That was how they had planned it, but how differently it had turned out!
It seemed to Richard that he had hardly fallen asleep when his bedside telephone woke him with its hideous insistence. It was broad daylight, and from the other end of the wire came the voice of one Cockerell who played second to Richard's lead in the management of the advertising department of the importing firm of Murgatroyd and Co.
“Great news,” this mean bird crowed into Richard's sleepy ear, “The Old Man's arriving by the boat this morning—“
“So what?” growled Richard although he already sensed the dire import of the news.
“It's your turn to do poojah—You know what I mean.”
“Me? I can't—I've got to—“Richard's voice tailed away feebly.
“Exactly,” said Cockerell, “You've got to meet him and keep him suitably entertained till the office opens, and keep him from doing any serious damage when it does. Hard on you, I know, but a telegram came after you'd left last night. We couldn't get you at home, so Parker told me to ring you first thing this morning. Gather strength, my lad, from the thought of how grateful the staff will be—cheerio!”
For some moments after his friend had rung off Richard remained staring dejectedly at the counterpane of his bed and saw his plans for this day which was to have been devoted to Daphne scattered like chaff before the dreary blast of duty.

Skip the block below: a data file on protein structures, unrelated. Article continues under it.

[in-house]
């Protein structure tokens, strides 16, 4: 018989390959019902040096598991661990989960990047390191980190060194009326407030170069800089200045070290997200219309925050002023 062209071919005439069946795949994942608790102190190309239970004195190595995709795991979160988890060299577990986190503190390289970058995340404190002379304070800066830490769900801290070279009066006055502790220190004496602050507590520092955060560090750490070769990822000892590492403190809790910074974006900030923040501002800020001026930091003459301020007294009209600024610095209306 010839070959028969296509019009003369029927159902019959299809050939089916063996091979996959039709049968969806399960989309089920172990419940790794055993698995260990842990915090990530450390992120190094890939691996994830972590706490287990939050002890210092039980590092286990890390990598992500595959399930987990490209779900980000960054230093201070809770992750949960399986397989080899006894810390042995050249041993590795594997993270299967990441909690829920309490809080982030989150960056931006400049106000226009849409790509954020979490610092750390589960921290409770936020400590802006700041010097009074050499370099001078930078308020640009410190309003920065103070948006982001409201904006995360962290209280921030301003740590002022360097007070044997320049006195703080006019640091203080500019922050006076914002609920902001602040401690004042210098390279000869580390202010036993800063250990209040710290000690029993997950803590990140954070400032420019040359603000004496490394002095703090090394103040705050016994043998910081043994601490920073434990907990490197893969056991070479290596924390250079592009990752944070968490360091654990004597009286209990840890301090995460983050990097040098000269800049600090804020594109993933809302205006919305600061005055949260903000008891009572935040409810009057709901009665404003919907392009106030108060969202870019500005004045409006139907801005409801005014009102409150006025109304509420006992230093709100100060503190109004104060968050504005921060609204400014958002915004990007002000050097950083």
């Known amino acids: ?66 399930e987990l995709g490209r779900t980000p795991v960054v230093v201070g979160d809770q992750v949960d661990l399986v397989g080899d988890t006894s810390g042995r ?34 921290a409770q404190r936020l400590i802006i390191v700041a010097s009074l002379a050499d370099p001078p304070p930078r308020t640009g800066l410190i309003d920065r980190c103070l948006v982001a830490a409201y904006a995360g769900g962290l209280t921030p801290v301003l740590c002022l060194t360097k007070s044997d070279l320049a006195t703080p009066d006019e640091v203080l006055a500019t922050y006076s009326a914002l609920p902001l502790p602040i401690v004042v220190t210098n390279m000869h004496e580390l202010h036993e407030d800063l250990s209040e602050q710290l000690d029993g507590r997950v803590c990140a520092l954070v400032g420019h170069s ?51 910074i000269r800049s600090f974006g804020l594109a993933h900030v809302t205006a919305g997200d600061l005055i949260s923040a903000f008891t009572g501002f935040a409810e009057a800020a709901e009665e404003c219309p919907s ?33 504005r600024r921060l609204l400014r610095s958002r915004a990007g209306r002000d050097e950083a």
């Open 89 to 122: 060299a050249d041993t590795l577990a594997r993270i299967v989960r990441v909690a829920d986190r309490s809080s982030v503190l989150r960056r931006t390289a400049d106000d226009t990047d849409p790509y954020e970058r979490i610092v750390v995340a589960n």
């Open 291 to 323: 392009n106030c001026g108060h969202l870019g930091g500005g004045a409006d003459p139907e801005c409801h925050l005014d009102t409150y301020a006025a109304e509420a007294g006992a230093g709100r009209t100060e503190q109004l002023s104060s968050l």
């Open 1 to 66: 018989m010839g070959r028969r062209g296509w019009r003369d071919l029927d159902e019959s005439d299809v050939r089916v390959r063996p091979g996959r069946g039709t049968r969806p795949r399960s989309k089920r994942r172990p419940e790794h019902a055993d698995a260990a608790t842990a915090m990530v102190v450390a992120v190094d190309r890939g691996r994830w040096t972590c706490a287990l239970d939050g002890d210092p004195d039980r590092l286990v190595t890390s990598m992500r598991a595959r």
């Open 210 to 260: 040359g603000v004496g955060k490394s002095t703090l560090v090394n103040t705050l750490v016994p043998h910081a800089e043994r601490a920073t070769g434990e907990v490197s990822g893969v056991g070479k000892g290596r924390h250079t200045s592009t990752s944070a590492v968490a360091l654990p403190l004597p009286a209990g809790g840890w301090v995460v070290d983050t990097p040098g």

“The Old Man,” Mr. Murgatroyd junior (the sub-title was rigidly preserved although senior had been dead for a quarter of a century) was the head of the firm which provided Richard with his daily bread.
For the most part he was content to remain in his palatial office on the third floor of the Phoenix Building in Dunedin, but occasionally he would make a round of the branch offices for the purpose of what he called “gingering up those slackers.”
Undertaken in this spirit, of course, these “rounds” were vastly unpopular with the staffs concerned, but with a cunning born of the bitter memory of past visitations, they had contrived a system by which the Old Man could be rendered comparatively harmless. This consisted of providing him with a shock absorber. A departmental manager was selected for his tact and reliability—and it became his duty for as long as the visitation should last, to meet the Old Man's most exacting demands; be deferential to his bombast, and listen politely to the windy speeches which he was in the habit of making “in the interests of the firm's business.”page 42
Richard leaned over and looked at his watch which lay beside the telephone, and immediately leapt out of bed. Already the southern steamer would be backing into her berth and the Old Man, a gloomy figure which no beauty of sunflecked water or green hills could lighten, would be making his way down the gangway.